Variation of glucocorticoid metabolite levels is associated with survival demands in immature and reproductive demands in adult wild black capuchins (Sapajus nigritus)

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fecal glucocorticoids
capuchin monkey
tropical forest
reproductive behavior

How to Cite

Moreira, C. M., dos Santos, L. P., Sousa, M. B. C., & Izar, P. (2016). Variation of glucocorticoid metabolite levels is associated with survival demands in immature and reproductive demands in adult wild black capuchins (Sapajus nigritus). International Journal of Psychological Research, 9(2), 20–29.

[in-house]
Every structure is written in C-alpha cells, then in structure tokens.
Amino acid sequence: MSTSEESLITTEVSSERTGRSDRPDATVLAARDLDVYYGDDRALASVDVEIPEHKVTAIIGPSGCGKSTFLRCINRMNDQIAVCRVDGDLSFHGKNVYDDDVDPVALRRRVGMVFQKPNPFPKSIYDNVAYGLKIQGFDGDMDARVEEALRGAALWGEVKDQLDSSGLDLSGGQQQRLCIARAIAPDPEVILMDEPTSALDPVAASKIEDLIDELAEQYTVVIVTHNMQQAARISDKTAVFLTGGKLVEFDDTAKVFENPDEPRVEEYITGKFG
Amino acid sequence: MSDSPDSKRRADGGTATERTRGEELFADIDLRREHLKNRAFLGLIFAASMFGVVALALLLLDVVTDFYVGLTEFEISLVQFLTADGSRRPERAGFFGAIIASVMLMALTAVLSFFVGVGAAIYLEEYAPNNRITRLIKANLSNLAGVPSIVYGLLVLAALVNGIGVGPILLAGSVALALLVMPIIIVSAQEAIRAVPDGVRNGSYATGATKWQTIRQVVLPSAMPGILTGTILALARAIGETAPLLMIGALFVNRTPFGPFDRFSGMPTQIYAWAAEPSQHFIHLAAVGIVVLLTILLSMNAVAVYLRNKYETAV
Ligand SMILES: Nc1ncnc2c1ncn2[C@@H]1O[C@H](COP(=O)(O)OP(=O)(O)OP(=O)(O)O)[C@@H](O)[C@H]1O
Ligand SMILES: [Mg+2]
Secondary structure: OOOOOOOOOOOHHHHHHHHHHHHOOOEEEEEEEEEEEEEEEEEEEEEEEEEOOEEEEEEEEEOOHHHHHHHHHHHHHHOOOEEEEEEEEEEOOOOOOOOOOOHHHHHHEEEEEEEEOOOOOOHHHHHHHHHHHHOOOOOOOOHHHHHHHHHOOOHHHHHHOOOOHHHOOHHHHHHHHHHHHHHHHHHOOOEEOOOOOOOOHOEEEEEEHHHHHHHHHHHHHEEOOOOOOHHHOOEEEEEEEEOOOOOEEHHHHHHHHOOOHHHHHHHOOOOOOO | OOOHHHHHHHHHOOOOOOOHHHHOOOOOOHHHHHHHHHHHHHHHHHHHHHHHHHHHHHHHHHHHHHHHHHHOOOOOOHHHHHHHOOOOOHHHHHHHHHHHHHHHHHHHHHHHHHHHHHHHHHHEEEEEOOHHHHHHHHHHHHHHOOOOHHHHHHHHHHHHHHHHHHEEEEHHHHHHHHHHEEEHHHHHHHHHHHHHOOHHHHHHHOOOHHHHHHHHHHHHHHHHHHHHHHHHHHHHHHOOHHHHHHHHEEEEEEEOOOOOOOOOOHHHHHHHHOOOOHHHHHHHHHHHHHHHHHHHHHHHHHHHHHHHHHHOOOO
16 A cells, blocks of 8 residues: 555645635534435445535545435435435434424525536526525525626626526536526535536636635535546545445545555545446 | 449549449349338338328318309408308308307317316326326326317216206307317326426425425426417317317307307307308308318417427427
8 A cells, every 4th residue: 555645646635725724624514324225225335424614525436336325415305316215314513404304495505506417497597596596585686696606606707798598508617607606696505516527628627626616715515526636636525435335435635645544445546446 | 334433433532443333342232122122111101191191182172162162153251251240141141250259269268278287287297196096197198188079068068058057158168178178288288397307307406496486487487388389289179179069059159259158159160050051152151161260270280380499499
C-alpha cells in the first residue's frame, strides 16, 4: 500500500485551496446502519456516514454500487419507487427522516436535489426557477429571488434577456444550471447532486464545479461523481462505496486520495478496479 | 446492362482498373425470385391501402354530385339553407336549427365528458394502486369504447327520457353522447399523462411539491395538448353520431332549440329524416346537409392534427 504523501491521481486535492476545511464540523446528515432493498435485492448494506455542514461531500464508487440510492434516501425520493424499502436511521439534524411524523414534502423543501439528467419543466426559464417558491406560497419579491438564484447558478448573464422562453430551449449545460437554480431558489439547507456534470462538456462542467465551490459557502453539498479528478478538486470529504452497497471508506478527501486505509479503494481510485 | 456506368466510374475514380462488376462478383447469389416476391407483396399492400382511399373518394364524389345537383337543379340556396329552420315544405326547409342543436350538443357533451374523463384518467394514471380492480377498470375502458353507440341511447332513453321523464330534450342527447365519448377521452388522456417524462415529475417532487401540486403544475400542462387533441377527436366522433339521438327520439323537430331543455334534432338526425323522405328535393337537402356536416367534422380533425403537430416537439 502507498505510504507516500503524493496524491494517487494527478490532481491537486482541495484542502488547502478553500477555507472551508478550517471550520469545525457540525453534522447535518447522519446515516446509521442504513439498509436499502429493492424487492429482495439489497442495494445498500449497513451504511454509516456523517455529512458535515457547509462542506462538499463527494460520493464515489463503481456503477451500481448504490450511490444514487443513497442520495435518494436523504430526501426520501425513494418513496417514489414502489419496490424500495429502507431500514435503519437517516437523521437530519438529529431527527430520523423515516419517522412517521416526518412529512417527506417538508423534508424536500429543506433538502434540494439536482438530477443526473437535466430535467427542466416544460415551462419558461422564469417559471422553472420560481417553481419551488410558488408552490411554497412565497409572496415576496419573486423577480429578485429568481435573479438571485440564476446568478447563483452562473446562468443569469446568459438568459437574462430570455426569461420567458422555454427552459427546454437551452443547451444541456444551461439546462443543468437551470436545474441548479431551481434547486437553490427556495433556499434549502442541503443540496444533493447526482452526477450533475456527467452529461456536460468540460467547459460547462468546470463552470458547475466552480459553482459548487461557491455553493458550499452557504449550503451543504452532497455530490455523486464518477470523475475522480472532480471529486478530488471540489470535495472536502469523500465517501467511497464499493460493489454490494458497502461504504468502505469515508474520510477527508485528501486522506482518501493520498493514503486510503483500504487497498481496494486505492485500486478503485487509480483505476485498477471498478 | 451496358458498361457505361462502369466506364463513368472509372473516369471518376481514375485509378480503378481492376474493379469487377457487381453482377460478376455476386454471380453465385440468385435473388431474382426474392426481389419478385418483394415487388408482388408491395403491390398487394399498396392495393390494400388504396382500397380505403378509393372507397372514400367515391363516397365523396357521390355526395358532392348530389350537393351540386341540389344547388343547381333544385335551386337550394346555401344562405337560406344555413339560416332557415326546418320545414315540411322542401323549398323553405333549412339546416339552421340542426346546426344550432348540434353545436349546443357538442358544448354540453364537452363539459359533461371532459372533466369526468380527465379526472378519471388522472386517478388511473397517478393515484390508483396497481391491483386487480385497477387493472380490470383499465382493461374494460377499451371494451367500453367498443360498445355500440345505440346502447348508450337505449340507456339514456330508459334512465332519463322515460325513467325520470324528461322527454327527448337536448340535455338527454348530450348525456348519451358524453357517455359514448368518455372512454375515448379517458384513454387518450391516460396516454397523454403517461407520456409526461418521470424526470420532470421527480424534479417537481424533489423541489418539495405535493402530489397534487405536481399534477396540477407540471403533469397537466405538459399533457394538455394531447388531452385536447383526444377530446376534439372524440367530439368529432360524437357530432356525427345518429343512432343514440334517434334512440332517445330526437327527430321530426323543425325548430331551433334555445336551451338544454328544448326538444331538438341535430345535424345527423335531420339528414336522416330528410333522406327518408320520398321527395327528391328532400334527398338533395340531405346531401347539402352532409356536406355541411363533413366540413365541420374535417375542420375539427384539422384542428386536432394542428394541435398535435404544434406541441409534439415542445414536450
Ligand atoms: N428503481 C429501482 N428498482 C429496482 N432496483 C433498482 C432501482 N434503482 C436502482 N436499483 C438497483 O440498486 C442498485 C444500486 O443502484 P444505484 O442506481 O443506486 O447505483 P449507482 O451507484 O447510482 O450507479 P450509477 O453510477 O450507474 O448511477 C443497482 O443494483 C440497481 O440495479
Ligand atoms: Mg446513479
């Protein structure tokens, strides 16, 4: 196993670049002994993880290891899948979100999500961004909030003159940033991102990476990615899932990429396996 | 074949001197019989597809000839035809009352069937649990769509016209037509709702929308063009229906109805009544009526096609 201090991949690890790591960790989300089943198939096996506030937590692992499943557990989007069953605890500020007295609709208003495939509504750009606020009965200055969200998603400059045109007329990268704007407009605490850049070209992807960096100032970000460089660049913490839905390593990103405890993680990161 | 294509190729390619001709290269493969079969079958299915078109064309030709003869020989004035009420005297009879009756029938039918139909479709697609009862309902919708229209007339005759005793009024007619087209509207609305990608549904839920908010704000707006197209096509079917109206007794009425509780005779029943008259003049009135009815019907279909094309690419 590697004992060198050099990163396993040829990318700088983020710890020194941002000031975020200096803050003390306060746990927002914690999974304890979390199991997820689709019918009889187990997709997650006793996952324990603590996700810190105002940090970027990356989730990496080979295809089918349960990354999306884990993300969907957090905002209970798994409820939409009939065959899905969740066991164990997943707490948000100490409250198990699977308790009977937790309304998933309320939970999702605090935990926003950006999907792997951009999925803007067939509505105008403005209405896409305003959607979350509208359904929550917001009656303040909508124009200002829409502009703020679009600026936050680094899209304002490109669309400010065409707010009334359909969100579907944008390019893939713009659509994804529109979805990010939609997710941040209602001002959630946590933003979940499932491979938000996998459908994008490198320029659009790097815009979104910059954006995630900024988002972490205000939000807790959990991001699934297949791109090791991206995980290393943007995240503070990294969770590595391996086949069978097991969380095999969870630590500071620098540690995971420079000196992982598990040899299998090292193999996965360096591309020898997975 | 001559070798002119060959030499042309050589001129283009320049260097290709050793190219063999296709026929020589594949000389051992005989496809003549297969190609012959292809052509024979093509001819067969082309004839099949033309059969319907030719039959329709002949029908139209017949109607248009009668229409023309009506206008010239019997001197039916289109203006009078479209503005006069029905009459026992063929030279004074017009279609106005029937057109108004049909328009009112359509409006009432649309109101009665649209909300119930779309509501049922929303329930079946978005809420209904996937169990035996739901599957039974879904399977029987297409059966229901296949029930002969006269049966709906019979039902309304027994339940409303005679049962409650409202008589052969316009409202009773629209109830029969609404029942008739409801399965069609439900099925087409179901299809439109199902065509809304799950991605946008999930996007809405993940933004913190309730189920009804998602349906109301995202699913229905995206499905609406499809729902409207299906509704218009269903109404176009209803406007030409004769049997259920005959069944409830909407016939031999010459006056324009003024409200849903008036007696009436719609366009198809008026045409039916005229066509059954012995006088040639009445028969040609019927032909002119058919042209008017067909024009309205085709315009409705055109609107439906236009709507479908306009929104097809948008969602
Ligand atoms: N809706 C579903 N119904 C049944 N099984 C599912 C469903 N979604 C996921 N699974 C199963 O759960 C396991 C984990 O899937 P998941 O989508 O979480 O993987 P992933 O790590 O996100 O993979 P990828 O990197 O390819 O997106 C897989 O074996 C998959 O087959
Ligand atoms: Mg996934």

According to the concept of allostasis and its association with energy mobilization, glucocorticoids (GCs) should parallel cumulative energy expenditure for animal survival and reproduction. Therefore, it is expected that seasonal food shortages might lead to increased levels of GCs. We tested this hypothesis by analyzing the intra-annual variation of fecal glucocorticoid metabolites (GCM) in 14 wild black capuchin monkeys (Sapajus nigritus) living in a social group in the Brazilian Atlantic Forest. We analyzed the association between GCM and social and environmental variables for the three age/sex classes (adult males, adult females and immatures [juveniles and infants]). Decreased fruit intake during the dry season increased the GCM levels of both immatures and adult males. Although fruit shortage influenced the allostasis of adult males, the variation in their GCM levels was more impacted by the breeding season. GCM levels of adult females varied during the late stage of pregnancy. These results suggest fruit consumption as the main source of allostatic load for immature animals, while reproductive costs had greater effect on adults.


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